One way to prevent heart disease is to keep an eye on the numbers that measure your heart health, such as blood pressure, cholesterol, BMI and sugar levels.
McLeod Cardiologist Dr. Anne Everman explains some key benchmarks in the video above.
Here’s a summary of Dr. Everman’s comments:
These are the numbers you need to know: your blood pressure, sugar measurement, BMI, waist circumference and cholesterol.
Blood pressure recommendations have changed in the last few years. Earlier, if your blood pressure was 100 plus your age, you were doing fine. If you were 60, a blood pressure of 160 was tolerated. If your blood pressure is between 120 and 129, you have elevated blood pressure. It’s not recommended to start a medication but start lifestyle changes. Become more active. Lose some weight. Watch your salt intake. Watch your caffeine intake. If you get to “Stage 1” — blood pressure 130 to 139 over 80 to 89 — the recommendation is to start medications and begin the lifestyle changes. If your blood pressure is 140 over 90, the recommendation is for your doctor to start you on two blood pressure medicines and recommends lifestyle changes
These are the diabetes numbers to know. An A1C is what we call a glycosylated hemoglobin and that gives us an idea over a 3 month period what your sugar is doing. If your blood sugar is 105, but your A1C is 6.2, we know that that 105 is not representative of your blood sugar. Rather, you’re borderline diabetes.
Next is your BMI, your Body Mass Index. You can just plug your weight and height into your phone or onto the computer, because it uses your body surface area. (Learn your BMI)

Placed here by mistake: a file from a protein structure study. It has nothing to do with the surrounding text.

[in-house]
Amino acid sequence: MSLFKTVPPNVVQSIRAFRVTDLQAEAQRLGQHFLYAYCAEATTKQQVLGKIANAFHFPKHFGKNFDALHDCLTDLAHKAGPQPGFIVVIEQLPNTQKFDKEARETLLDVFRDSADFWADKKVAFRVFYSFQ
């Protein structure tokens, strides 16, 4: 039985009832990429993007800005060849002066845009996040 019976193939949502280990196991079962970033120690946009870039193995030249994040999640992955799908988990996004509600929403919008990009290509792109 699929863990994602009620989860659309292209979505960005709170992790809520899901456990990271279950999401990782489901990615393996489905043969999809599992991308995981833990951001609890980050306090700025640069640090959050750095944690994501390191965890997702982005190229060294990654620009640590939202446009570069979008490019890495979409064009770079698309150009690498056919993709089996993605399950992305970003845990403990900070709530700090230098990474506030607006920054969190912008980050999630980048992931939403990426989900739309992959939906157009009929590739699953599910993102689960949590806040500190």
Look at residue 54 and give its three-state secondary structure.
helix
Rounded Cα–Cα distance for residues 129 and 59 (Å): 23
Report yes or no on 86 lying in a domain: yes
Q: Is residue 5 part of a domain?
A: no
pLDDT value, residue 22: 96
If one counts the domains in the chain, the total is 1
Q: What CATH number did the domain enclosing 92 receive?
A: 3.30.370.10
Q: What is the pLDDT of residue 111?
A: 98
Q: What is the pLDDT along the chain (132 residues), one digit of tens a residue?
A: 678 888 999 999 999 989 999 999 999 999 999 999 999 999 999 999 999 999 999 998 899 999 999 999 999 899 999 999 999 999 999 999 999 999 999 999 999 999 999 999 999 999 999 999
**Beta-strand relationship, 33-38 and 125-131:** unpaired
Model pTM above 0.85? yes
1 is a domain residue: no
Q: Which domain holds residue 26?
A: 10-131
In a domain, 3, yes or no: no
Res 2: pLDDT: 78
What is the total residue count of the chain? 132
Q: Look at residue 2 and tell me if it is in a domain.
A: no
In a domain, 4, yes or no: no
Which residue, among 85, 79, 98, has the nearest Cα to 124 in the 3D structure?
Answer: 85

There’s something called metabolic syndrome. If 1) your cholesterol is a little high, 2) your waist is more than 35 inches as a female or 40 inches as a male and 3) your fasting glucose is over a hundred, you have metabolic syndrome, you are at more risk for developing cardiovascular disease.
People tell me their total cholesterol level and that is helpful. It gives you an idea of what might be going on. However, your total cholesterol is made of the bad cholesterol, the good cholesterol and then a portion of something called the triglycerides.
Think of HDL as the “Happy” or “Healthy” cholesterol and then the LDL as the “Lousy” one. HDL cholesterol is kind of like a garbage truck. It basically collects all the cholesterol that the LDL is depositing, carrying it to the liver where it’s cleared from the system. With HDL, pretty much the higher, the better. Women don’t get a benefit from a high HDL until it’s greater than 55.
Work with your physician to get these numbers and, if necessary, improve them.
Find a Cardiologist near you.